Letter From - Summer 2013

Vienna: Selective Amnesia

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By Alice Miller

June 10, 2013


Last December, on a morning run through a city park in Vienna’s second district, I stumbled across a strange sight: a huge concrete tower looming above the snow. The park, the Augarten, features Vienna’s oldest Baroque gardens and once hosted concerts conducted by Mozart. Today the 17th-century Palais Augarten is the headquarters of the Vienna Boys’ Choir. But the giant, stained tower that rises above the park and the smaller tower that stands nearby? Alongside Vienna’s traditional architecture—imposing, ornate, and meticulously maintained—the towers look like they’ve been ripped out of a cartoon dystopia.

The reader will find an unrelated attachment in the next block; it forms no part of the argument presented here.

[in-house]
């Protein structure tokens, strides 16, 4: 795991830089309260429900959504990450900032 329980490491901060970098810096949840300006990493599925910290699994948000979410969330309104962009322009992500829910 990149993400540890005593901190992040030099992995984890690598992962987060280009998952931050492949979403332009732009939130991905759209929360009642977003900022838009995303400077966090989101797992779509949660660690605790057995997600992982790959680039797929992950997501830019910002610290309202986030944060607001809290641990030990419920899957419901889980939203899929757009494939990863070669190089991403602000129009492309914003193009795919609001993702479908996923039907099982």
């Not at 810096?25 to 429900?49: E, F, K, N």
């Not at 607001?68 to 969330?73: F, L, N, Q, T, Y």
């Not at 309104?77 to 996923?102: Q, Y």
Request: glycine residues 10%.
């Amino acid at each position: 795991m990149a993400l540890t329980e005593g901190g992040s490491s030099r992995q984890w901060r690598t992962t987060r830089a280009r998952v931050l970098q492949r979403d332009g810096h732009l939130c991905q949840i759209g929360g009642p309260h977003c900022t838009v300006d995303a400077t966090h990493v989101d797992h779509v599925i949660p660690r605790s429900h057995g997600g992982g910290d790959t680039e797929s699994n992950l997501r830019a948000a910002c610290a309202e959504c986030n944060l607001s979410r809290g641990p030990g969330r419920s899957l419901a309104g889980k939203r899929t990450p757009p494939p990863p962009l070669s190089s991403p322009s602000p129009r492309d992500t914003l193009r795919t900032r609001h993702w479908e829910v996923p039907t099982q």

The park’s website tells me that they are Flaktürme, antiaircraft gun towers, ordered by Hitler and built in the 1940s to protect Vienna from bombing. Berlin and Hamburg had similar towers.

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Alice Miller grew up in New Zealand, studied at the Iowa Writers' Workshop, and now lives in Vienna.


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